The Northwest Passage–the legendary shipping route through ice-choked Canadian waters at the top of the world–melted free of ice last week, and is now open for navigation, according to satellite mosaics available from the National Snow and Ice Data Center and The University of Illinois Cryosphere Today. This summThe Northwest Passage–the legendary shipping route through ice-choked Canadian waters at the top of the world–melted free of ice last week, and is now open for navigation, according to satellite mosaics available from the National Snow and Ice Data Center and The University of Illinois Cryosphere Today. This summer marks the fourth consecutive year–and fourth time in recorded history–that the fabled passage has opened for navigation.er marks the fourth consecutive year–and fourth time in recorded history–that the fabled passage has opened for navigation.
(Reposted from Climate Progress)
I find it amazing and exhausting that people are surprised about The Weather. But then there are those who make silk purses out of it, like pollution magnate David Koch:
“Lengthened growing seasons in the northern hemisphere, he says, will make up for any trauma caused by the slow migration of people away from disappearing coastlines. “The Earth will be able to support enormously more people because a far greater land area will be available to produce food,” he says.”
Koch is a major supporter of deregulation and the Tea Party. Koch’s Family Foundation’s philanthropic arm funded a permanent exhibition at the Smithsonian Museum of Natural History: the David H. Koch Hall of Human Origins, cancer research, and the arts (Lincoln Center’s State Theater has been renamed after him)…
A study conducted by scientists from the University of California, Berkeley and the U.S. Forest Service projects major vegetation shifts worldwide if greenhouse gas emissions are not brought under control and the Earth continues to rapidly warm. The study forecasts that by 2100 much of Arctic tundra will replaced by boreal forest and that deserts will spread in regions such as North America, Australia, and Central and South Asia. – from environment360
Much good writing came out in response to the wan wrap up in Copenhagen. Sadly, and from a narrow telescope deservedly, Obama is the butt of some bitter wallops.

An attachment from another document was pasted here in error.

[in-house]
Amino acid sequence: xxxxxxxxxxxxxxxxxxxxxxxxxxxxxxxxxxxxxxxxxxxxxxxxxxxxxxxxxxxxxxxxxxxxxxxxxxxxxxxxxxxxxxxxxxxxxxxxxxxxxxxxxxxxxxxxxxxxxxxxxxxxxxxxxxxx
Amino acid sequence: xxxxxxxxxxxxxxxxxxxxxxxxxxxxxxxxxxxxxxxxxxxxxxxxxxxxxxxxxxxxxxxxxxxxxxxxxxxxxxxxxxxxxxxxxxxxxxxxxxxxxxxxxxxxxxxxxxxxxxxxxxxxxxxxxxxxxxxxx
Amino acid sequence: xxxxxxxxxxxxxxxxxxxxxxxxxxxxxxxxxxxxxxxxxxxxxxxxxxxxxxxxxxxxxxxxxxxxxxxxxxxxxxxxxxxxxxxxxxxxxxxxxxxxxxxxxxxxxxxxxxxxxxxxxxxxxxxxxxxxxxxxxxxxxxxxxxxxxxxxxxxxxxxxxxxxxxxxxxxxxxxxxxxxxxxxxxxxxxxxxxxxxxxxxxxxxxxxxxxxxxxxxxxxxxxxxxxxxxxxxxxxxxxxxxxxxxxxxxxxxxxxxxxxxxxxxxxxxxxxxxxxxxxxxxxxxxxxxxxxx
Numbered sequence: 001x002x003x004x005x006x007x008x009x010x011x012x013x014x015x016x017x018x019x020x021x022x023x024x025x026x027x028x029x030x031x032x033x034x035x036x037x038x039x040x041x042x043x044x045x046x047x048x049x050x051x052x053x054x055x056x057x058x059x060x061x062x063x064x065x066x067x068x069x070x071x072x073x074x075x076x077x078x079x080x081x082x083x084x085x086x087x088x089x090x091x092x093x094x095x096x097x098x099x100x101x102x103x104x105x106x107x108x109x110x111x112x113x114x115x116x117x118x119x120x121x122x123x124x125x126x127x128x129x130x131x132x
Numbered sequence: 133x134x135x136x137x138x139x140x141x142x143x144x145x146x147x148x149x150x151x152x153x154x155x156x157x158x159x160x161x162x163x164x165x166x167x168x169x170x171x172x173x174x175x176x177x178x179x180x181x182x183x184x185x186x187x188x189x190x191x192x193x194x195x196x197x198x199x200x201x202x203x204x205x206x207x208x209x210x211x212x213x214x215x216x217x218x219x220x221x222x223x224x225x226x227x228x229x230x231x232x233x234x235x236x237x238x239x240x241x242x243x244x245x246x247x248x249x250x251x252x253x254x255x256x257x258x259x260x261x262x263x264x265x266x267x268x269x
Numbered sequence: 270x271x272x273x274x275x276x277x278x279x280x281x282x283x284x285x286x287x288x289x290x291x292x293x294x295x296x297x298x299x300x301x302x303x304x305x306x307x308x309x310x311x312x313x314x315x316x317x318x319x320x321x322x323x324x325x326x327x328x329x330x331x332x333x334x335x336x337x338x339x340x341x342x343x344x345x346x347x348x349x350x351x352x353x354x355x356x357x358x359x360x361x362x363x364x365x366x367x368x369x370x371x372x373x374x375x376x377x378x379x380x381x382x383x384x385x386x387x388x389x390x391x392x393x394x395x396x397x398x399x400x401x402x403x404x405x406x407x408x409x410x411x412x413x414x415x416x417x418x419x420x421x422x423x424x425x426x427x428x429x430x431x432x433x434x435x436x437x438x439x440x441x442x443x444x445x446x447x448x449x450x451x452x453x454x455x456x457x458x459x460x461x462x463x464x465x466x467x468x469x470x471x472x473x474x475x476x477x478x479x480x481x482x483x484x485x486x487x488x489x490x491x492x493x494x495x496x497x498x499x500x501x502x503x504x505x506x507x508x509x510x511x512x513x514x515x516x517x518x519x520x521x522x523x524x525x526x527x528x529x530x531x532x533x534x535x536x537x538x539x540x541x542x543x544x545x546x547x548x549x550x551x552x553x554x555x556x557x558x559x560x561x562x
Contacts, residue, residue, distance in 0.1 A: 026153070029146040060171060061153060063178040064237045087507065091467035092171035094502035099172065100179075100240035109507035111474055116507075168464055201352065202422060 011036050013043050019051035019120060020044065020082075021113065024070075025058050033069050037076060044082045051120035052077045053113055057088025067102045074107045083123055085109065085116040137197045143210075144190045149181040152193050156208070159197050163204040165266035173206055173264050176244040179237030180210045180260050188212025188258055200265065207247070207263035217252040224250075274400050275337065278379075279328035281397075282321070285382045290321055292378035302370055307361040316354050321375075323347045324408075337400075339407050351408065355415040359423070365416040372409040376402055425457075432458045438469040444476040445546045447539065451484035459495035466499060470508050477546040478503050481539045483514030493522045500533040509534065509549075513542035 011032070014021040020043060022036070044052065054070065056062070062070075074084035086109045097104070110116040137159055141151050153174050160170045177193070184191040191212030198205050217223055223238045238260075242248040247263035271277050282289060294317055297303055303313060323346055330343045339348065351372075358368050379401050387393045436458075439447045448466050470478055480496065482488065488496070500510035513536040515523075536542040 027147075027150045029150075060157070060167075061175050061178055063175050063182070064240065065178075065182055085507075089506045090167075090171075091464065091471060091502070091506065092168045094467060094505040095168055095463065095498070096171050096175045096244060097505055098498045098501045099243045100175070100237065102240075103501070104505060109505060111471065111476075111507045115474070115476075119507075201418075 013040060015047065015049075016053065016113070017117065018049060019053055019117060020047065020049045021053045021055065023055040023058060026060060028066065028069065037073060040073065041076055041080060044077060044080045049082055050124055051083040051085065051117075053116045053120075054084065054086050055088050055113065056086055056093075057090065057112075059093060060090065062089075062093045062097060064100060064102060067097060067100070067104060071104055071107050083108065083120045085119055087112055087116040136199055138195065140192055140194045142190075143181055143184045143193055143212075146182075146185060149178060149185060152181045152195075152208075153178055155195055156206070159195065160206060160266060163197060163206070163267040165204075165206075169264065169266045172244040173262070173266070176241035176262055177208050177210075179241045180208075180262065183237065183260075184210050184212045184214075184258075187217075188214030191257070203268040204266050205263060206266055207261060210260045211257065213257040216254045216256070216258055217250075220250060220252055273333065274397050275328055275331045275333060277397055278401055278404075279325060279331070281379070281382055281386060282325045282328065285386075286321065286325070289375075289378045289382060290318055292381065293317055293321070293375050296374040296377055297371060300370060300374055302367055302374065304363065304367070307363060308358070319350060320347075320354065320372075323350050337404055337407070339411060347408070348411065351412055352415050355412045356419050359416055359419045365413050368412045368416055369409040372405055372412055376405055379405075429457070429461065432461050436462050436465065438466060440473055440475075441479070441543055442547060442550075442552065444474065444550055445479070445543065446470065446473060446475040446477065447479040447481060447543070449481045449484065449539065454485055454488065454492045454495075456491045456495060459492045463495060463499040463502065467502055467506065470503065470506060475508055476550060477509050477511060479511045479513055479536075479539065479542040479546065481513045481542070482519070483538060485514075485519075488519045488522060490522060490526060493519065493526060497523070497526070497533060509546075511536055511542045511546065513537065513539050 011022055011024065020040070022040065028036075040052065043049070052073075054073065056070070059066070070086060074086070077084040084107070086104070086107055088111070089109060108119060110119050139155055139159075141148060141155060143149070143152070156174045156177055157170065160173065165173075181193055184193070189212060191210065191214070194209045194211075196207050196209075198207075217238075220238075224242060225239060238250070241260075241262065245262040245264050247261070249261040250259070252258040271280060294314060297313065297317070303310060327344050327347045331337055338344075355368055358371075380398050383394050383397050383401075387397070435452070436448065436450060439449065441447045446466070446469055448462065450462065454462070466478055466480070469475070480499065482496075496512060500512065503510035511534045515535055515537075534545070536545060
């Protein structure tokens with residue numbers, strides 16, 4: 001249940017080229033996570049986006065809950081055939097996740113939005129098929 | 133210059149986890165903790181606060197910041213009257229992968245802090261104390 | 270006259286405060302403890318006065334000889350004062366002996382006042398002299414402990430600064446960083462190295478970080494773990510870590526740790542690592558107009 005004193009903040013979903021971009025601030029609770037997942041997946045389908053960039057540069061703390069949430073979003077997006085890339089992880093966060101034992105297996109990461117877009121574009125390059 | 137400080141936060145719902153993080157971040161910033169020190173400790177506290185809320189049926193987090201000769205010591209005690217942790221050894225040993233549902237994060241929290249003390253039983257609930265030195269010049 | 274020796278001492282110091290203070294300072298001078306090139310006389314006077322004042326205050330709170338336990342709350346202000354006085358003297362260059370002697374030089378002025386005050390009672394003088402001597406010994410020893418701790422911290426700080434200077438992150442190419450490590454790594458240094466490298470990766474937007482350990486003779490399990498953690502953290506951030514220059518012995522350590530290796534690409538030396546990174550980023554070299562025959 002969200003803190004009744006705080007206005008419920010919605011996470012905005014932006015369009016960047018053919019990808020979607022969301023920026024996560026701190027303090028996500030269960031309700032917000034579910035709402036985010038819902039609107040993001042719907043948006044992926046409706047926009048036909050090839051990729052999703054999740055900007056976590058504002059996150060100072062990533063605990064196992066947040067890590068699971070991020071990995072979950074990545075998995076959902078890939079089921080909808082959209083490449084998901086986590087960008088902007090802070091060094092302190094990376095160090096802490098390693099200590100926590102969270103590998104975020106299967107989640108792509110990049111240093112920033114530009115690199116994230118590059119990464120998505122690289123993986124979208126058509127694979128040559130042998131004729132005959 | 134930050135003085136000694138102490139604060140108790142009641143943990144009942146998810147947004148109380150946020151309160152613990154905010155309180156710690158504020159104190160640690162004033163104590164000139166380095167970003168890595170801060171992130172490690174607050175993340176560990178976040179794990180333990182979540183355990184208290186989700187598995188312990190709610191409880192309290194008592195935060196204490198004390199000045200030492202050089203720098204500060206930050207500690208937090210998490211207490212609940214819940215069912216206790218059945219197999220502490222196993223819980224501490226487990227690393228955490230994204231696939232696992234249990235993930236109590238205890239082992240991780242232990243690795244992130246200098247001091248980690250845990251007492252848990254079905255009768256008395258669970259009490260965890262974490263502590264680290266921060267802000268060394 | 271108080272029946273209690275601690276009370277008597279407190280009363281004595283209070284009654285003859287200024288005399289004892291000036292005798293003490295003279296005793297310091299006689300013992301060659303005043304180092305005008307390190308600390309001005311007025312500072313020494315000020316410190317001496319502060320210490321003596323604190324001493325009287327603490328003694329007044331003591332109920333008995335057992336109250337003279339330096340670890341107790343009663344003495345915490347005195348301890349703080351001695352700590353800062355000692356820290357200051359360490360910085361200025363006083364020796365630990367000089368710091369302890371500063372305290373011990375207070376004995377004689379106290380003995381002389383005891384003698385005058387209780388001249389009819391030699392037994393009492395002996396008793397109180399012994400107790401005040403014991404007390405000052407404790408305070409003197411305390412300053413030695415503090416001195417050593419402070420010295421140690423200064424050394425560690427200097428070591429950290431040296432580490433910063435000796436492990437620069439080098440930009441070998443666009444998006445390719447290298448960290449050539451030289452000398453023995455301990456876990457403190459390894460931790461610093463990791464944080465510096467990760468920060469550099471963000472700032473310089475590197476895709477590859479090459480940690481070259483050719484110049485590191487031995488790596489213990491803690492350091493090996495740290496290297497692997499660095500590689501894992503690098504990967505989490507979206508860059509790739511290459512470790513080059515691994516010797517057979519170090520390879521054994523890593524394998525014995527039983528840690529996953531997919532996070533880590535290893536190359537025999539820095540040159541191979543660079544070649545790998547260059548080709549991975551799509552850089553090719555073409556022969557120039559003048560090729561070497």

To name two in the post-haze of COP15:
Bill McKibben’s piece for Yale Environment 360, “Copenhagen: Things Fall Apart and an Uncertain Future Looms” (excerpt):
James Hansen, the great climate scientist who started the global warming era with his 1988 testimony before the U.S. Congress, and whose team provided the crucial 350 number that now defines the planet’s habitability, refused to come to Copenhagen, predicting it would be a charade. He was correct. On Sunday he predicted a greater than 50 percent chance that 2010 would be the warmest year ever recorded. If you want to bet against him, you can. If you want to argue that this non-agreement will help Obama get something through Congress, it’s possible you’re right. If you want to despair, that’s certainly a plausible option.
Rebecca Solnit’s “Judgment Days in Copenhagen” for the Huffington Post (excerpt):
Thanks to a sudden decision earlier this month by the Environmental Protection Agency allowing the executive branch to address the issue of climate-change gases under the Clean Air Act, Obama has apparently been given superpowers to act without being completely hamstrung by a reluctant Congress. Or as the Center for Biological Diversity put it, “President Obama can lead, rather than follow, by using his power under the Clean Air Act and other laws to achieve deep and rapid greenhouse emissions reductions from major polluters.”
Will he? Probably not. After all, he’s the man who stood up in Prague last April and said: “I state clearly and with conviction America’s commitment to seek the peace and security of a world without nuclear weapons.” For a moment, it almost sounded as if he was going to be the action hero of our antinuclear dreams, wiping out one apocalypse that has hung over us for sixty years. And then he added that he didn’t actually expect to see the abolition of such weaponry in his lifetime, though he didn’t say why.
Now, we’re in an action movie in which the fate of the Earth is truly at stake, and the most powerful man on the planet has allowed himself to be hedged in by timidities, compromises, refusals, denials, and the murderous pressure of corporations. Those too-big-to-die corporations are the reason why the Senate is unlikely to ratify any climate-change treaty that threatens to do much of anything. Really, corporations — half-fictitious, semi-immortal behemoths endowed with human rights in the U.S. and possessed of corrosive global power — already are the ruthless cyborgs of our time. They are, after all, actively seeking a world in which they imagine that, somehow, they will survive, even if many of us and much that we love does not. Sorry poor people, young people, Africa, sorry Arctic summer ice, you’re not too big to fail.
Protesters bring out giants of various sorts to depict current woes. These range from the practical – cut down or eliminate meat consumption – to ghoulish and alien apocalypse-builders.
(What surprises me is how few protest-based image makers utilize any newer media tactics. It could almost be 1975.)
Slide show at NY Times.